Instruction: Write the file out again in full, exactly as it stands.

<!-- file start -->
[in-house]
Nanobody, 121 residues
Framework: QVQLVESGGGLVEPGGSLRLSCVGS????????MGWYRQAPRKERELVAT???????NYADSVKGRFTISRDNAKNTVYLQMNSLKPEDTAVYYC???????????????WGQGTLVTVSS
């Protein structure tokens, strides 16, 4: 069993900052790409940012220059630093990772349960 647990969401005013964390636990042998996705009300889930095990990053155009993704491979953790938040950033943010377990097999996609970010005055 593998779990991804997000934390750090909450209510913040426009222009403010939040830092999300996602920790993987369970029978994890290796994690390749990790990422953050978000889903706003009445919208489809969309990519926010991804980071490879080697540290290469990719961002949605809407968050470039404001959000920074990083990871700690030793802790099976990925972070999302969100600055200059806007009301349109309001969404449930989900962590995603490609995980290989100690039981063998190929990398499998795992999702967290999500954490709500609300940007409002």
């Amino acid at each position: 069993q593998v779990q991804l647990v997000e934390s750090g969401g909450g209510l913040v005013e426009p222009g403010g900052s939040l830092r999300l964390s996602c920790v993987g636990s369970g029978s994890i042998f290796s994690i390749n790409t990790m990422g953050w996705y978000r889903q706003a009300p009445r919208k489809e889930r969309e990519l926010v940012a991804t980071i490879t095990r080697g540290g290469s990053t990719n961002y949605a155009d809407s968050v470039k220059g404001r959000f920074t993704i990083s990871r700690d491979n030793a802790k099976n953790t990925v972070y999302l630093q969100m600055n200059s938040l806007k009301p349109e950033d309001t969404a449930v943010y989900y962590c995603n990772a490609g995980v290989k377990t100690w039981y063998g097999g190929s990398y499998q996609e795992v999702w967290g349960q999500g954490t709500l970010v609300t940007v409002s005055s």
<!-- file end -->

[in-house]
Nanobody, 121 residues
Framework: QVQLVESGGGLVEPGGSLRLSCVGS????????MGWYRQAPRKERELVAT???????NYADSVKGRFTISRDNAKNTVYLQMNSLKPEDTAVYYC???????????????WGQGTLVTVSS
């Protein structure tokens, strides 16, 4: 069993900052790409940012220059630093990772349960 647990969401005013964390636990042998996705009300889930095990990053155009993704491979953790938040950033943010377990097999996609970010005055 593998779990991804997000934390750090909450209510913040426009222009403010939040830092999300996602920790993987369970029978994890290796994690390749990790990422953050978000889903706003009445919208489809969309990519926010991804980071490879080697540290290469990719961002949605809407968050470039404001959000920074990083990871700690030793802790099976990925972070999302969100600055200059806007009301349109309001969404449930989900962590995603490609995980290989100690039981063998190929990398499998795992999702967290999500954490709500609300940007409002």
């Amino acid at each position: 069993q593998v779990q991804l647990v997000e934390s750090g969401g909450g209510l913040v005013e426009p222009g403010g900052s939040l830092r999300l964390s996602c920790v993987g636990s369970g029978s994890i042998f290796s994690i390749n790409t990790m990422g953050w996705y978000r889903q706003a009300p009445r919208k489809e889930r969309e990519l926010v940012a991804t980071i490879t095990r080697g540290g290469s990053t990719n961002y949605a155009d809407s968050v470039k220059g404001r959000f920074t993704i990083s990871r700690d491979n030793a802790k099976n953790t990925v972070y999302l630093q969100m600055n200059s938040l806007k009301p349109e950033d309001t969404a449930v943010y989900y962590c995603n990772a490609g995980v290989k377990t100690w039981y063998g097999g190929s990398y499998q996609e795992v999702w967290g349960q999500g954490t709500l970010v609300t940007v409002s005055s």